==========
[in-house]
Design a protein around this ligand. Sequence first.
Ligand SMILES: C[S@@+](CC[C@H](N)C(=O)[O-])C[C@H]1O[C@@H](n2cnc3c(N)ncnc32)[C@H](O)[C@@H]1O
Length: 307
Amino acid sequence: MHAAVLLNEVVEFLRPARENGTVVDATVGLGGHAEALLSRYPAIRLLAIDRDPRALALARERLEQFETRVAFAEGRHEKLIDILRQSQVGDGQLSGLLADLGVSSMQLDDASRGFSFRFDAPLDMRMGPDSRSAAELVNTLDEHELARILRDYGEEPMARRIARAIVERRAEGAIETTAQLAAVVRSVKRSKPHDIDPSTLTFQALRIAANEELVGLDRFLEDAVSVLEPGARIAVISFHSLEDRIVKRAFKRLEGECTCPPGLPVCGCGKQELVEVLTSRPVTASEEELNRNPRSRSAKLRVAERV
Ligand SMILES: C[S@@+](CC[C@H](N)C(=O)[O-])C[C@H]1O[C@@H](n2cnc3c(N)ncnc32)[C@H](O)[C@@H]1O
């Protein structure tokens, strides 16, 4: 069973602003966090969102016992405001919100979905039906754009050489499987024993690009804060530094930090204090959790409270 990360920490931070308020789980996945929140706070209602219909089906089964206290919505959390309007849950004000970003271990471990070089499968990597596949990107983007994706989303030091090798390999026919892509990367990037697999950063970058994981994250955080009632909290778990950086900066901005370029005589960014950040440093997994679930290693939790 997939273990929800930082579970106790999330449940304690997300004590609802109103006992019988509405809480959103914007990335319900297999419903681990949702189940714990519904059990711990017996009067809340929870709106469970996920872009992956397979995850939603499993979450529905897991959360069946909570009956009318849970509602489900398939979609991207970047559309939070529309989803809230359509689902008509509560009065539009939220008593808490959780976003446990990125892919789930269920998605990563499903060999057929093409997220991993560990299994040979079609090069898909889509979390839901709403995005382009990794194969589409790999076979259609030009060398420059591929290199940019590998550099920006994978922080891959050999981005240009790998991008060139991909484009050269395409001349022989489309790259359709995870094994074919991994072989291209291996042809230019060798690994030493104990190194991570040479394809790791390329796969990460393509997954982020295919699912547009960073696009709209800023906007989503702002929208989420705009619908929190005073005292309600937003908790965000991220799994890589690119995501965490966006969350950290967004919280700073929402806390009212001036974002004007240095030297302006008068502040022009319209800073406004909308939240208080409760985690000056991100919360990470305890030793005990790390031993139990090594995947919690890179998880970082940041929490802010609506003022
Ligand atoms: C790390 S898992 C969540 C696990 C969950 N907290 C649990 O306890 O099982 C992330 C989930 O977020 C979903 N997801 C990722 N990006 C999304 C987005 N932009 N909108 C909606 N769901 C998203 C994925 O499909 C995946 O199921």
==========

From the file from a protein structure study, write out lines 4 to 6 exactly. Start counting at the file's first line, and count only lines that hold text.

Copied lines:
Length: 307
Amino acid sequence: MHAAVLLNEVVEFLRPARENGTVVDATVGLGGHAEALLSRYPAIRLLAIDRDPRALALARERLEQFETRVAFAEGRHEKLIDILRQSQVGDGQLSGLLADLGVSSMQLDDASRGFSFRFDAPLDMRMGPDSRSAAELVNTLDEHELARILRDYGEEPMARRIARAIVERRAEGAIETTAQLAAVVRSVKRSKPHDIDPSTLTFQALRIAANEELVGLDRFLEDAVSVLEPGARIAVISFHSLEDRIVKRAFKRLEGECTCPPGLPVCGCGKQELVEVLTSRPVTASEEELNRNPRSRSAKLRVAERV
Ligand SMILES: C[S@@+](CC[C@H](N)C(=O)[O-])C[C@H]1O[C@@H](n2cnc3c(N)ncnc32)[C@H](O)[C@@H]1O